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Issa hopes to actually investigate stuff

California Republican Rep. Darrell Issa has big plans for the Obama Administration in the event the Republicans win back the House in November.  Issa would likely become the head of the House Oversight and Government Reform Committee should the House turn red this fall.  His plan?  Air the President’s dirty laundry:

“I won’t use it to have corporate America live in fear that we’re going to subpoena everything. I will use it to get the very information that today the White House is either shredding or not producing.”

By taking over the Oversight Committee, Rep. Issa would then have authority to issue subpoenas to the White House (since the Committee is currently in Democratic hands, the Obama Administration obviously isn’t being asked to produce anything that could be potentially damaging).  Rep. Issa has been particularly boisterous with respect to the job offered to Pennsylvania Democrat Joe Sestak, in exchange for him not running against Arlen Specter in the Senate primary.

After calling the White House “corrupt” and Obama’s presidency “failed,” Issa reiterated his claims that — despite a contrary assessment from most experts — the administration violated federal law with the Sestak imbroglio.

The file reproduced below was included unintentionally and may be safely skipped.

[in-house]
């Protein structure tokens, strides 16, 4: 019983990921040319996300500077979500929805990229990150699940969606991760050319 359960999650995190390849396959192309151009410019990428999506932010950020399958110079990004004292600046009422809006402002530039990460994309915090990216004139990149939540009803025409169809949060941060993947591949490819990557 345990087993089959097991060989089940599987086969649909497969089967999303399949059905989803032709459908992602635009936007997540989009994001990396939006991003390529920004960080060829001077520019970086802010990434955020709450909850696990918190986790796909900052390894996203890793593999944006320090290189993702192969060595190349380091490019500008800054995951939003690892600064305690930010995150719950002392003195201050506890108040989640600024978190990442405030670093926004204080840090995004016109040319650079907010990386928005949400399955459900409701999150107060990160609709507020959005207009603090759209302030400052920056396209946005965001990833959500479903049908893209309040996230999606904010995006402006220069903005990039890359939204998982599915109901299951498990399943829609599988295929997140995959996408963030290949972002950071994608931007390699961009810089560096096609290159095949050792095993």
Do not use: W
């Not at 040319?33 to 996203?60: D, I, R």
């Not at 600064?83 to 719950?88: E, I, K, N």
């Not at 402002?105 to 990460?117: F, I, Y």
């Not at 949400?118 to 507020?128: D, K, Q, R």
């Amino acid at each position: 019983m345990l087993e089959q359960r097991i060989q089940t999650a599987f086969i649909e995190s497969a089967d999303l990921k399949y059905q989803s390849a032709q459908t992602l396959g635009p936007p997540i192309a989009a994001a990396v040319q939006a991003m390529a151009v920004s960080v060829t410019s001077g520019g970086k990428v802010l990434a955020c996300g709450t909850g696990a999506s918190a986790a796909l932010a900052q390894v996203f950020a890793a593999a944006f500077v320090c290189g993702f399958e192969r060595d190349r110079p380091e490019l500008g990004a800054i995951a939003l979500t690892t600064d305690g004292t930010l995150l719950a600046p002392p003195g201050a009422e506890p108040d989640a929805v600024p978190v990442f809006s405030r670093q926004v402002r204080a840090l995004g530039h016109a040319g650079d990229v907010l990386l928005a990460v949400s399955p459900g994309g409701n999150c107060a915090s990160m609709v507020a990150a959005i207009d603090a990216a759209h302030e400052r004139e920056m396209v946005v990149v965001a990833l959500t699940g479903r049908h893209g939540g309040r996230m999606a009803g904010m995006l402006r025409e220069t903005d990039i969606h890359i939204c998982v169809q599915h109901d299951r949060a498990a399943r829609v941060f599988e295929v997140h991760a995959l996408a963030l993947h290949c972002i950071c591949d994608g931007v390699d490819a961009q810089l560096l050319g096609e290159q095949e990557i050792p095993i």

The Politico is wrong here.  I have yet to hear anyone outside of the Administration argue the Sestak job offer didn’t violate federal law.  In fact, offering Sestak anything in exchange for him dropping out of the race clearly ran afoul of the express language of the law.  Now, I’ve heard lots of people in Washington say things like it happen all the time, it’s no big deal, yada yada yada.  That it happens all the time doesn’t make it any less illegal however.
The Committee, as the investigative arm of the House of Representatives, has broad discretion to investigate, well, just about anything.  Included within the list of “just about anything,” is the propriety of the Sestak issue.  In fact, the Committee should be investigating it now.  With Issa in charge, the investigation would certainly heat up.
Who knows?  If the Republicans win the House, maybe the inquiries won’t stop at Sestak.  Perhaps we’ll even get answers to why this president refuses to release basic information that practically every other major political candidate has released to date, like his college transcripts, for example.
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